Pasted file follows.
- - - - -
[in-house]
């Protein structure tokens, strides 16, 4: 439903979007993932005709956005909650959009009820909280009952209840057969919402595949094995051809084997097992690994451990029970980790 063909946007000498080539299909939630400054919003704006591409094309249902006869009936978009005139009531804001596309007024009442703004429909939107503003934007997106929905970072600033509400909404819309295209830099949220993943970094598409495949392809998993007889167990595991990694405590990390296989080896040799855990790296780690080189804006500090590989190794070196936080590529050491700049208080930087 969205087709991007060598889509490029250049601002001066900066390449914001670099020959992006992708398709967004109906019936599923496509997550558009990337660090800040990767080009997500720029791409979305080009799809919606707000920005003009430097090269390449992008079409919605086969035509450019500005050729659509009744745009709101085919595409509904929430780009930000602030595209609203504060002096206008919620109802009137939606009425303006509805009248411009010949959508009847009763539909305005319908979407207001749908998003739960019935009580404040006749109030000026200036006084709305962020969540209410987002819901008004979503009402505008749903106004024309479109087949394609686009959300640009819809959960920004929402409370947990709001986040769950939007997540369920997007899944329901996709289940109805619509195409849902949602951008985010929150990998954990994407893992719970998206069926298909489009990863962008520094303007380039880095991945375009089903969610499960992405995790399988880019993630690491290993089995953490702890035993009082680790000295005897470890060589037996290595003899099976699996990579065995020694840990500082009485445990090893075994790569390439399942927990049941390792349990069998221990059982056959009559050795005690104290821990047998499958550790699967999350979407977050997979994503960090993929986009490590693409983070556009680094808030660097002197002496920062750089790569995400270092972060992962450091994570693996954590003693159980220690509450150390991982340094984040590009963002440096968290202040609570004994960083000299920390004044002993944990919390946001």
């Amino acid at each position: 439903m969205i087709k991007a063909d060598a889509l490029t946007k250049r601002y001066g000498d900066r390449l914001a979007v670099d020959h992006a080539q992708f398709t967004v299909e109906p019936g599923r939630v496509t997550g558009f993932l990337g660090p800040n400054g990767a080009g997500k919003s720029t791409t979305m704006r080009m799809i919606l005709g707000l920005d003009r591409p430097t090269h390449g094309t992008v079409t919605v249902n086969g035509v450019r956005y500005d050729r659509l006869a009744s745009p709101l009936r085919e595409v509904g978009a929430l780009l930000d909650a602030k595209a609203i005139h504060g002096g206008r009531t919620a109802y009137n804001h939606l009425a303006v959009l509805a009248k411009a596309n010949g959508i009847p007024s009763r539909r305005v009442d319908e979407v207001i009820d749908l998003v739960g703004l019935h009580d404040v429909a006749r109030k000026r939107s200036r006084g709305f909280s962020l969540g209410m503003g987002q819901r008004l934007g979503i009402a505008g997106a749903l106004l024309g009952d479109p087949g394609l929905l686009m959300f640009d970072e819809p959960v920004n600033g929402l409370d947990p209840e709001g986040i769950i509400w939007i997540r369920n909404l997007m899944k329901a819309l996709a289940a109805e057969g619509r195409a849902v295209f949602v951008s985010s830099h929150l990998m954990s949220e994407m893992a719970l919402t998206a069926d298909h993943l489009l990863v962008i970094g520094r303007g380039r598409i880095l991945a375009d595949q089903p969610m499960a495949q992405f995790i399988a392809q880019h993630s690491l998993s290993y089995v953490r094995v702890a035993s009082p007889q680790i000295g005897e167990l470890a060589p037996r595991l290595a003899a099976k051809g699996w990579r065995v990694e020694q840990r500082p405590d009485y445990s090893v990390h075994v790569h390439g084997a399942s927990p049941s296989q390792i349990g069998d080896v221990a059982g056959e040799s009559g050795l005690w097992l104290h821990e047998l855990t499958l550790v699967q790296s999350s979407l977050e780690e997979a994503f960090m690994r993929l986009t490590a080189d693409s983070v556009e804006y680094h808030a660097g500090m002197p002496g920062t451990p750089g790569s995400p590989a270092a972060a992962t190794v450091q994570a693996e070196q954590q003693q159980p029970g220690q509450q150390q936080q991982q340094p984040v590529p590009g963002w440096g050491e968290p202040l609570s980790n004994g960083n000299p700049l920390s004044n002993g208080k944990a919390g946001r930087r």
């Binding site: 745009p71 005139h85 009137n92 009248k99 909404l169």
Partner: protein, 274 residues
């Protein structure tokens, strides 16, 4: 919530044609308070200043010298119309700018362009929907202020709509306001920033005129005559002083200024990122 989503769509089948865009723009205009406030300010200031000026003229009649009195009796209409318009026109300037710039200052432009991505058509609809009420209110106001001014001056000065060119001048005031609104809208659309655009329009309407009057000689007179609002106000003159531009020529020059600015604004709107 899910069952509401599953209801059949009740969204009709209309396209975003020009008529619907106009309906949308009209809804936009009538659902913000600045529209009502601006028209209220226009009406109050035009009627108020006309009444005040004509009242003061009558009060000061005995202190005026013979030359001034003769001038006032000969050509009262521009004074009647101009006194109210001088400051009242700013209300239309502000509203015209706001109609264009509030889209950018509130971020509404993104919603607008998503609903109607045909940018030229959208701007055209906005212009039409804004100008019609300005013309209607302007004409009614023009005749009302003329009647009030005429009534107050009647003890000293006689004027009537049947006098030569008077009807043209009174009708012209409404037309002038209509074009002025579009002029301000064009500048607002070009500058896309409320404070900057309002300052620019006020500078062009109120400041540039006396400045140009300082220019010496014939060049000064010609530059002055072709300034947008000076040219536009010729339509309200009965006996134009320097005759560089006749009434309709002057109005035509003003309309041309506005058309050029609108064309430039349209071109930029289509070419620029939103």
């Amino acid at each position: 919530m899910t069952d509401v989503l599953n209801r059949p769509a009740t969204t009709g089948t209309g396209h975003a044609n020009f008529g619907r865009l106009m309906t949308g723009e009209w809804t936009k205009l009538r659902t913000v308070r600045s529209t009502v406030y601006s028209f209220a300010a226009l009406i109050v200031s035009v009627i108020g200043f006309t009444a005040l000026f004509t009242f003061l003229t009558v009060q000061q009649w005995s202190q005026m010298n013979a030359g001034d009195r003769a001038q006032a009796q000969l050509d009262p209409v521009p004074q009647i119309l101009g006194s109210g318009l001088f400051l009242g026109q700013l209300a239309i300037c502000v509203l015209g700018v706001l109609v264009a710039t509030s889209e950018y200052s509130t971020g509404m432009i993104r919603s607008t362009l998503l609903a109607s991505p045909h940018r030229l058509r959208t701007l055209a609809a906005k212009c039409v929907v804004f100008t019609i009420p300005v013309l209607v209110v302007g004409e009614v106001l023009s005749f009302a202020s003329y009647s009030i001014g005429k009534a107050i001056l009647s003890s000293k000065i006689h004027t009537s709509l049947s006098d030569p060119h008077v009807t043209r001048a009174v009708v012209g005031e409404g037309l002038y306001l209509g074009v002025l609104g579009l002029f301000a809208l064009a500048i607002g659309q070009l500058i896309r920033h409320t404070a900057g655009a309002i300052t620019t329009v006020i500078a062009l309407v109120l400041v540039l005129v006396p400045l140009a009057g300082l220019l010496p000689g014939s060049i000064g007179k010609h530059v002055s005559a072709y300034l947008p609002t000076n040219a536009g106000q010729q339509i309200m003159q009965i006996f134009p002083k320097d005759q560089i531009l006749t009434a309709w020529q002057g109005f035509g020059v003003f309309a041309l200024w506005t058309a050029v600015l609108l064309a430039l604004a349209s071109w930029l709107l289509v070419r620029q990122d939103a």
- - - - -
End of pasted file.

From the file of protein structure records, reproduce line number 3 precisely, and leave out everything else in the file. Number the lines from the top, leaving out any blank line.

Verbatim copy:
């Amino acid at each position: 439903m969205i087709k991007a063909d060598a889509l490029t946007k250049r601002y001066g000498d900066r390449l914001a979007v670099d020959h992006a080539q992708f398709t967004v299909e109906p019936g599923r939630v496509t997550g558009f993932l990337g660090p800040n400054g990767a080009g997500k919003s720029t791409t979305m704006r080009m799809i919606l005709g707000l920005d003009r591409p430097t090269h390449g094309t992008v079409t919605v249902n086969g035509v450019r956005y500005d050729r659509l006869a009744s745009p709101l009936r085919e595409v509904g978009a929430l780009l930000d909650a602030k595209a609203i005139h504060g002096g206008r009531t919620a109802y009137n804001h939606l009425a303006v959009l509805a009248k411009a596309n010949g959508i009847p007024s009763r539909r305005v009442d319908e979407v207001i009820d749908l998003v739960g703004l019935h009580d404040v429909a006749r109030k000026r939107s200036r006084g709305f909280s962020l969540g209410m503003g987002q819901r008004l934007g979503i009402a505008g997106a749903l106004l024309g009952d479109p087949g394609l929905l686009m959300f640009d970072e819809p959960v920004n600033g929402l409370d947990p209840e709001g986040i769950i509400w939007i997540r369920n909404l997007m899944k329901a819309l996709a289940a109805e057969g619509r195409a849902v295209f949602v951008s985010s830099h929150l990998m954990s949220e994407m893992a719970l919402t998206a069926d298909h993943l489009l990863v962008i970094g520094r303007g380039r598409i880095l991945a375009d595949q089903p969610m499960a495949q992405f995790i399988a392809q880019h993630s690491l998993s290993y089995v953490r094995v702890a035993s009082p007889q680790i000295g005897e167990l470890a060589p037996r595991l290595a003899a099976k051809g699996w990579r065995v990694e020694q840990r500082p405590d009485y445990s090893v990390h075994v790569h390439g084997a399942s927990p049941s296989q390792i349990g069998d080896v221990a059982g056959e040799s009559g050795l005690w097992l104290h821990e047998l855990t499958l550790v699967q790296s999350s979407l977050e780690e997979a994503f960090m690994r993929l986009t490590a080189d693409s983070v556009e804006y680094h808030a660097g500090m002197p002496g920062t451990p750089g790569s995400p590989a270092a972060a992962t190794v450091q994570a693996e070196q954590q003693q159980p029970g220690q509450q150390q936080q991982q340094p984040v590529p590009g963002w440096g050491e968290p202040l609570s980790n004994g960083n000299p700049l920390s004044n002993g208080k944990a919390g946001r930087r």